As we started working in Tzucacab, the most interesting questions we were confronted with seemed to fall outside of the realm of either art or science. That is, we doubted that we could get satisfactory answers to the big questions we wanted to ask using either scientific or artistic inquiry on their own.

The Semillas project has been undertaken over a period of four months. The two Californians recruited a group of high school graduates that they called "youth researchers". They then trained these young people to conduct biodiversity inventories in the home gardens of sixty local families. They also spent two months teaching the youth researchers how to use digital cameras, upload and download photos and how to use the PhotoVoice methodology to explore their community and issues important to them.

The PhotoVoice exhibition is the culmination of four months of work with the youth researchers, and both the scientific and artistic work they will have done will be on display. The knowledge and experience gained in doing biodiversity inventories in the gardens of sixty families in their community will show up in the photographs. Their experience photographing the people, places, and issues of their community will inform their analysis of our data. Both methodologies strengthen their development of leadership skills and critical thought, and we hope both will lead to a powerful look at their communities.

After the presentation in Tzucacab on October 1st, the two California researchers will bring a display of the photos to Merida at the English Language Library starting November 14th. They also hope to display them in several other venues around the Yucatan. As Chelsea explains, she has dreams of taking the exhibit beyond the Yucatan borders as well:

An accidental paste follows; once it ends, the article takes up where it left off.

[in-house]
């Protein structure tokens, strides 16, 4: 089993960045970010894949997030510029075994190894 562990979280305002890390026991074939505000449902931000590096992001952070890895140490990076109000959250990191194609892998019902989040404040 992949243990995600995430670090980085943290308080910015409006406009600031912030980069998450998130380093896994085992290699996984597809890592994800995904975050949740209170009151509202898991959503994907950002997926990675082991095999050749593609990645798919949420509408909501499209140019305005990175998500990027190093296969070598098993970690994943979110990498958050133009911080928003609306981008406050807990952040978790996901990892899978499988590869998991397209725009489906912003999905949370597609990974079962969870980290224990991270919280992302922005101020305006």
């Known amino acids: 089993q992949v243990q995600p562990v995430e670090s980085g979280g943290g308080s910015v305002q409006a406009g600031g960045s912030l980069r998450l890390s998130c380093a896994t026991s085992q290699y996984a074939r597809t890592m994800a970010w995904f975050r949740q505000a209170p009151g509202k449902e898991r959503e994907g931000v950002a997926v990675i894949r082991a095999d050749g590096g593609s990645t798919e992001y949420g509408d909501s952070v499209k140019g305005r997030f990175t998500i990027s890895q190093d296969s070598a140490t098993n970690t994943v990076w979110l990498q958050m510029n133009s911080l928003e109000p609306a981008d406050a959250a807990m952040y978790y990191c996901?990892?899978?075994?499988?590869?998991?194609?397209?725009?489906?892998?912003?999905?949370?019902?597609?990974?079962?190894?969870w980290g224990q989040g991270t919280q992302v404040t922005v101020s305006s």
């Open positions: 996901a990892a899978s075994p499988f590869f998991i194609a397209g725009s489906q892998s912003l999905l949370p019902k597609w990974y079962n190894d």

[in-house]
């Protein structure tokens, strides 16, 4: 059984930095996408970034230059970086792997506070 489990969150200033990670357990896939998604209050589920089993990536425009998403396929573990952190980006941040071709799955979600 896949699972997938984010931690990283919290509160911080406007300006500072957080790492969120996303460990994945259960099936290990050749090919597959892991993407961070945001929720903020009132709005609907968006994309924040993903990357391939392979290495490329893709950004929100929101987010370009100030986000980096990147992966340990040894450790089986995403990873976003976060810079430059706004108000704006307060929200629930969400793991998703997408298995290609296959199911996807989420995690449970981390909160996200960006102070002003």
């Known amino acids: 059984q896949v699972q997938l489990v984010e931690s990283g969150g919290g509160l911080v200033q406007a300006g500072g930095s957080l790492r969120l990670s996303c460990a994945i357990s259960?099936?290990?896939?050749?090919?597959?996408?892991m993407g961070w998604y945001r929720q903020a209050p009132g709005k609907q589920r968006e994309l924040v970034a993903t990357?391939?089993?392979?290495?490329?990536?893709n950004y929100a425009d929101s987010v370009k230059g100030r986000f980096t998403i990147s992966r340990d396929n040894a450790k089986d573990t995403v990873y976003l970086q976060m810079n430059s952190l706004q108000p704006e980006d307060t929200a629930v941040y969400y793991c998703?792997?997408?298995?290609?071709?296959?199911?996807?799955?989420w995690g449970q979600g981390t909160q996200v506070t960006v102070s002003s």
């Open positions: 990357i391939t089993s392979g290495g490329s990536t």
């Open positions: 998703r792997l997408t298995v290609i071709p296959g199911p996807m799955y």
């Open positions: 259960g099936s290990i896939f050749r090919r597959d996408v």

The photos and analysis we do has particular relevance here, but we also think that the what we learn will be both interesting and relevant for a global audience. We hope to exhibit the photos beyond Yucatan.

Follow Along

If you are interested in this project, feel free to follow its progress at the Semillas blog linked below. Chelsea will be bringing the photos and results of the research to the Merida English Library, where the exhibit will start on November 14 and stay there for about two weeks. She (and possible others) will also be giving talks in Merida... on the 12th of November at the Slow Food Market and on the 17th of November at the Merida English Library.



The Semillas Tzucacab Blog (all photos are from here...)

Map to the Slow Food Market (it meets Saturday mornings)

Merida English Language Library website


  • Yucatan Living » Events » Merida Events: More Music! 12 years ago

    [...] Social Change Talk: Nov. 19, Photography Show: Nov. 14 – 26 From the Yucatan Living article, Semillas Tzucacab, “this project uses a technique called Photovoice, a participatory action research [...]